... We propose several possible explanations for our unexpected null ndings. First, the distribution of weight change after breast cancer diagnosis in our sample was inconsistent compared to prior studies [24][25][26][27][28]. In our sample 64.4% of women were weight stable (±5% of body weight), 16.7% gained more than 5% of body weight and 18.9% lost more than 5% of body weight. ...
... where there was similar distribution of weight change among women in the OS cohort to our sample of breast cancer survivors [29]. Prior reports found weight gain frequencies of 40-70% after a breast cancer diagnosis [24][25][26][27], with greater weight gain seen among postmenopausal women [24][25][26], those diagnosed with advanced stage breast cancer [25], and those who received chemotherapy [24,26,28]. In our study, results from post-hoc analyses showed no differences in post-diagnosis weight change were seen among early and advanced stage diagnoses. ...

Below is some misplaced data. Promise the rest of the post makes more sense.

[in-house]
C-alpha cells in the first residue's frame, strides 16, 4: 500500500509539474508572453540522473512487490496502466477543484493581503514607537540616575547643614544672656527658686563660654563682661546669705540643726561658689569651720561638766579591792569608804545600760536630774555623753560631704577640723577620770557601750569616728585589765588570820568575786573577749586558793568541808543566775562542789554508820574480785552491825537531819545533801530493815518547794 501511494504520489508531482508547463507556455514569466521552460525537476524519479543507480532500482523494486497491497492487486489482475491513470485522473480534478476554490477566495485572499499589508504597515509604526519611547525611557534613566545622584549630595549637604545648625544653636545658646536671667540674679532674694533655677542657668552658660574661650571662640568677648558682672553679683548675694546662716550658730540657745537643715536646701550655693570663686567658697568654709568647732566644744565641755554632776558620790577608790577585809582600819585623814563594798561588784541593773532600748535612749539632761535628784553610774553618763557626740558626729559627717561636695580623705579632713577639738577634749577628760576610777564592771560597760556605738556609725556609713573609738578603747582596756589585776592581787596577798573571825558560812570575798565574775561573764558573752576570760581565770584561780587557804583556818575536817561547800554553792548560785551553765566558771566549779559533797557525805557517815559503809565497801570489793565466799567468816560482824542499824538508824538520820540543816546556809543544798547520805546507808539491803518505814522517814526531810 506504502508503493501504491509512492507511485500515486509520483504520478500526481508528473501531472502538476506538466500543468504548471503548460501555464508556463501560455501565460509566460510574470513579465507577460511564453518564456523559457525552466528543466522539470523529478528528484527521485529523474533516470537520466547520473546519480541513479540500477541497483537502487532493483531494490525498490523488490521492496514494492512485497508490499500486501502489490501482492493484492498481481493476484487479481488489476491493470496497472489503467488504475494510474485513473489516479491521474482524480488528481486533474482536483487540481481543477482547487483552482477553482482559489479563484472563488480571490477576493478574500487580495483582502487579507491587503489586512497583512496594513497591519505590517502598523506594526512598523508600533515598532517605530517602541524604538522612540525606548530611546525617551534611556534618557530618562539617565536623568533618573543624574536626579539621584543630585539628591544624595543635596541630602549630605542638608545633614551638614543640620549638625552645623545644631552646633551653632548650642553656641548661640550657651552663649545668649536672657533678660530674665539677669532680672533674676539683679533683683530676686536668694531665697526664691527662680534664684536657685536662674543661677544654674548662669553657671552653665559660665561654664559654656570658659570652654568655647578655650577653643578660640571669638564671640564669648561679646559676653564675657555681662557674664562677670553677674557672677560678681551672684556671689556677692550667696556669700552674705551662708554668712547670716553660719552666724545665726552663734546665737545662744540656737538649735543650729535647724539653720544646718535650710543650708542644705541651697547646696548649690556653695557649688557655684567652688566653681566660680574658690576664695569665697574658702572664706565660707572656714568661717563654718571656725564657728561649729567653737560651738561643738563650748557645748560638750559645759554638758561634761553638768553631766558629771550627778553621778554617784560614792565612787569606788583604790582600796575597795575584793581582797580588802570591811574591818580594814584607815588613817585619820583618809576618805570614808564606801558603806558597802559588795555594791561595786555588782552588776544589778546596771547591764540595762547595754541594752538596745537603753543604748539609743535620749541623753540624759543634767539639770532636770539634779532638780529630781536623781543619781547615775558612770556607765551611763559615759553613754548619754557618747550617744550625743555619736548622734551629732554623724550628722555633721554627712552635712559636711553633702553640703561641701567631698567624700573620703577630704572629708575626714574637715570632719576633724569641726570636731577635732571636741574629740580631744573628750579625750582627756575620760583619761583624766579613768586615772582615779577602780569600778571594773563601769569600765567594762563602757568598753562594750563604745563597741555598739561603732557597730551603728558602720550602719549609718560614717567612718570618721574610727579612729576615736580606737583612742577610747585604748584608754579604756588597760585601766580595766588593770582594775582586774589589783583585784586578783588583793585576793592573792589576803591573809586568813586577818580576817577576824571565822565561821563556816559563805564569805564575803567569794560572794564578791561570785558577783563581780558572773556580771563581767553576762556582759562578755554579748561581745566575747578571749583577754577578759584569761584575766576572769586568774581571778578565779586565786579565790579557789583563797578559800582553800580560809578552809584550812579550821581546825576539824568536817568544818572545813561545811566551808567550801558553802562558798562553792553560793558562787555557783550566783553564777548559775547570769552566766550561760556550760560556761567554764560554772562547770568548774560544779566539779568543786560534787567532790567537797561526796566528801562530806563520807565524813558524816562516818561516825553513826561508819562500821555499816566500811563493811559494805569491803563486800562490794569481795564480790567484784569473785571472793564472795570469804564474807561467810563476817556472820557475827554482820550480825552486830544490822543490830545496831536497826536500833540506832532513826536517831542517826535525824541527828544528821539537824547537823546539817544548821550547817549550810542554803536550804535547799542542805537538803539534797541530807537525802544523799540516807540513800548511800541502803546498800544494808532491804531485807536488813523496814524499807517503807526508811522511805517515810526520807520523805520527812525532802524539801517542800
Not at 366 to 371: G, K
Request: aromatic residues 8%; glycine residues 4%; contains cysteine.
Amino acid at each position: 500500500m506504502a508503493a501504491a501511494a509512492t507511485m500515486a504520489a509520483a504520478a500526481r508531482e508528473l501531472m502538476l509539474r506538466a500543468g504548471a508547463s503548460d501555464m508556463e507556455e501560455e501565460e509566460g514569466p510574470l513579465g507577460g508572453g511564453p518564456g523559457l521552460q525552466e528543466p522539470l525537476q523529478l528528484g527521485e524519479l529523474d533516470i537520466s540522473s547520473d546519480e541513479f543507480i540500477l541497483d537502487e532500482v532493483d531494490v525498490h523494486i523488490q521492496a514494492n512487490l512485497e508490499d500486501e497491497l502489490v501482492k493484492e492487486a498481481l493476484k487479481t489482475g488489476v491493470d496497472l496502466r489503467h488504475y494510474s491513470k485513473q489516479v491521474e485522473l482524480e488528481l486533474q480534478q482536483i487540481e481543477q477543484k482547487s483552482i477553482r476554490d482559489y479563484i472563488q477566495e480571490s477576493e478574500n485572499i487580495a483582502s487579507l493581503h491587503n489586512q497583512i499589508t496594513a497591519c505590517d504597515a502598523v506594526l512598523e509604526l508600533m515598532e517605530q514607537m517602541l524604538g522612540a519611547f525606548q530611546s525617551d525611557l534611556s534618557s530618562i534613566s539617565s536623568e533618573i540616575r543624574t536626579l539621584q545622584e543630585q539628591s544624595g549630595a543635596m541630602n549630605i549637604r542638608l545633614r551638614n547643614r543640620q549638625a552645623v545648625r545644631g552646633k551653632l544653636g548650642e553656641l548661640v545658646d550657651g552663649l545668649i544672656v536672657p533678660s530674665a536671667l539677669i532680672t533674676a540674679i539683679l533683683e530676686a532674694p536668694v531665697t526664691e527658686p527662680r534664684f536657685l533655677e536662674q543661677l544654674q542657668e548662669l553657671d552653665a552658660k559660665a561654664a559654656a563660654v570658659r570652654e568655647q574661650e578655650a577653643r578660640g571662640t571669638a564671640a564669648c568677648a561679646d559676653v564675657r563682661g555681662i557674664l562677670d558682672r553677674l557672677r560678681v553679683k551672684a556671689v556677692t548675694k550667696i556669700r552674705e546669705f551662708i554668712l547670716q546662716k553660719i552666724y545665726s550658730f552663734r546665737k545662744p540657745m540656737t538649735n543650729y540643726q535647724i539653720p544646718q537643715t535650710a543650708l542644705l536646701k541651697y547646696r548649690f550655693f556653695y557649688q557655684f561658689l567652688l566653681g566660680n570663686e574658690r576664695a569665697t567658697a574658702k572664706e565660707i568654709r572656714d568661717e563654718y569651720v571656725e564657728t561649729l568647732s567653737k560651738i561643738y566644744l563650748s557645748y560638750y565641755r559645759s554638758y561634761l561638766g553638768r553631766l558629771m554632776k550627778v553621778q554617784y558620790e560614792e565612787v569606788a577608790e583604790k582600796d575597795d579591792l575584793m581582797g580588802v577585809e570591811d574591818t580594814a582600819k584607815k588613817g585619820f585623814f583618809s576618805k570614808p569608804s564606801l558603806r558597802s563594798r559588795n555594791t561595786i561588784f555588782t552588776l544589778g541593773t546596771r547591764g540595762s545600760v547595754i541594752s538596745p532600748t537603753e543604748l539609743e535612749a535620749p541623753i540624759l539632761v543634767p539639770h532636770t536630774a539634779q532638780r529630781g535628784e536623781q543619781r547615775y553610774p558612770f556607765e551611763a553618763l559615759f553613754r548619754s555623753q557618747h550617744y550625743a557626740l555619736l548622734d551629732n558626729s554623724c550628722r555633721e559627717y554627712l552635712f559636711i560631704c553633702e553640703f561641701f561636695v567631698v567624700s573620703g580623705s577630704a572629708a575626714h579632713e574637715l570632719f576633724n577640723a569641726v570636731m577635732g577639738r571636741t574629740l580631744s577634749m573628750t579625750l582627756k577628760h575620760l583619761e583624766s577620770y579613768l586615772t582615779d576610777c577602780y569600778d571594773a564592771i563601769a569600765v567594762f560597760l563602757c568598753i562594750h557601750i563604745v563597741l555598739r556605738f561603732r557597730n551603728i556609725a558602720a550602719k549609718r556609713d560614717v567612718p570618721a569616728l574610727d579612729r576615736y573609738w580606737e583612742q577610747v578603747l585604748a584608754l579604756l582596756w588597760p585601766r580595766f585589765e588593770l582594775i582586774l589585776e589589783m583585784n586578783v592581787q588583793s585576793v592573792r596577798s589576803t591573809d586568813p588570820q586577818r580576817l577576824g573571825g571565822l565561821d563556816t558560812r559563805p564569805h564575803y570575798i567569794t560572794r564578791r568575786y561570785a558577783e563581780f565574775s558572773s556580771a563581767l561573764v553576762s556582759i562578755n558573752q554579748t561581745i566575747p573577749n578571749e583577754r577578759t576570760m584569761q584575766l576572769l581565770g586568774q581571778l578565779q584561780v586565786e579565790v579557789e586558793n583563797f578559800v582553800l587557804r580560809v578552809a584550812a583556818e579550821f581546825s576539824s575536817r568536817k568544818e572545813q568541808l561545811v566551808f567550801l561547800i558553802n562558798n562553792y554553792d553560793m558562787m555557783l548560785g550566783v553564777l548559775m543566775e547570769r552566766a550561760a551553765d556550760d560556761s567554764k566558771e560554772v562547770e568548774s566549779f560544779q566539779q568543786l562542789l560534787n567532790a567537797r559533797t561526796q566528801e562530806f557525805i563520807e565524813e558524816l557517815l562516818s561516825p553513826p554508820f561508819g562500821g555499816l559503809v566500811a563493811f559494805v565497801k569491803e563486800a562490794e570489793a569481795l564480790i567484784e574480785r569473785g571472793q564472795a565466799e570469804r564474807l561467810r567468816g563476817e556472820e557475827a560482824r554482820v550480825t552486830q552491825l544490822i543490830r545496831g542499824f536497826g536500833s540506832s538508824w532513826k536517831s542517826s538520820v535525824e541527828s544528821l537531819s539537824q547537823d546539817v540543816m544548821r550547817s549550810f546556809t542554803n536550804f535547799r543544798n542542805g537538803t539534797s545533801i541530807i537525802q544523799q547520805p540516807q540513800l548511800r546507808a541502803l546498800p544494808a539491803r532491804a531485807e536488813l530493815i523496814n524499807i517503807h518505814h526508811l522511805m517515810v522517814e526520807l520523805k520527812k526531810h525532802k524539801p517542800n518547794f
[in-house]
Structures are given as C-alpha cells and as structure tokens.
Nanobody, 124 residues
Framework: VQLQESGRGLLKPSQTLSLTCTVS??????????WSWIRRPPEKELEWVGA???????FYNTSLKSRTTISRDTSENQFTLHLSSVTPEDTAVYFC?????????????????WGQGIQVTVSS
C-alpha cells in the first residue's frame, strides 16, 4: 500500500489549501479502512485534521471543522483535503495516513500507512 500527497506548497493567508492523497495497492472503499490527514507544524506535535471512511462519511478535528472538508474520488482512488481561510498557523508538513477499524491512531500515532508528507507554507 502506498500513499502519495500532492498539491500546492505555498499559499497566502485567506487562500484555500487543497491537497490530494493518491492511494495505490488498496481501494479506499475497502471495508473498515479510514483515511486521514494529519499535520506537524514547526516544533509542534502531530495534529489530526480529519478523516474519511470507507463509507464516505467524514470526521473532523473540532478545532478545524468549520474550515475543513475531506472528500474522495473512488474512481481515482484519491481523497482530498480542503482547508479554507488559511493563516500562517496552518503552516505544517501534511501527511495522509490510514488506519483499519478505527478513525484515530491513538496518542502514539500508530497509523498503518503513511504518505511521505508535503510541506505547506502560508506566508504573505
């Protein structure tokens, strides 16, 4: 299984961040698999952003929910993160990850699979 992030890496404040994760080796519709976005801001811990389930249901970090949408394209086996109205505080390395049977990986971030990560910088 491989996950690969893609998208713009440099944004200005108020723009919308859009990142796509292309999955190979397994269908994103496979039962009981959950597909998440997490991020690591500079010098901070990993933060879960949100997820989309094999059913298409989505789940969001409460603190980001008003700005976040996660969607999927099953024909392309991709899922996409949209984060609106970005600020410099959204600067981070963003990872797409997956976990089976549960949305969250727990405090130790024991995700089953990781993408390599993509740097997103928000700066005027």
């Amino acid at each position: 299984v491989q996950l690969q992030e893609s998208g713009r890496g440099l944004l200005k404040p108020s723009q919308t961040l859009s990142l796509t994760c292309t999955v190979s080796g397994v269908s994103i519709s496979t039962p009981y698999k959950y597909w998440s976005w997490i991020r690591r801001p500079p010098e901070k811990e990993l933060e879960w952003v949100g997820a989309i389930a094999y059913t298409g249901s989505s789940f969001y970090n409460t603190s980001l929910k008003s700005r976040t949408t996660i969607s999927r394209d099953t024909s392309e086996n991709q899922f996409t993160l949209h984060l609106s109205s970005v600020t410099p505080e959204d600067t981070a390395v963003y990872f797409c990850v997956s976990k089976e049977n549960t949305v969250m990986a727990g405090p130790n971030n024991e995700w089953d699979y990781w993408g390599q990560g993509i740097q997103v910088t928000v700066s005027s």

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Purpose: Short and long sleep duration and poor sleep quality are risk factors for weight gain and cancer mortality. The purpose of this study is to investigate the relationship between sleep and weight change among postmenopausal breast cancer survivors. Methods: Women participating in the Women’s Health Initiative who were diagnosed with incident breast cancer between year 1 and year 3 were included. Self-reported sleep duration was categorized as ≤5 hours (short), 6 hours, 7-8 hours (optimal), and ≥9 hours (long). Self-reported sleep quality was categorized as poor, average, and above average. Post-diagnosis weight change was the difference of weight closest to, but preceding diagnosis, and year 3 weight. We used linear regression to evaluate sleep duration and sleep quality associations with post-diagnosis weight change adjusted for potential confounders. Results: Among 1,156 participants, 63% were weight stable after diagnosis; average weight gain post cancer diagnosis was 3.2 kg. Six percent of women reported sleeping ≤5 hours, 26% reported 6 hours, 64% reported 7-8 hours, and 4% reported ≥9 hours. There were no differences in adjusted estimates of weight change among participants with short duration (0.37kg; 95%CI -0.88, 1.63), or long duration (-0.56kg; 95% CI -2.03, 0.90) compared to optimal duration, nor was there a difference among poor quality (-0.51kg; 95% CI -1.42, 0.41) compared to above average quality. Conclusion: Among postmenopausal breast cancer survivors, sleep duration and quality were not associated with weight change after breast cancer diagnosis. Future studies should consider capturing change in adiposity and to expand beyond self-reported sleep.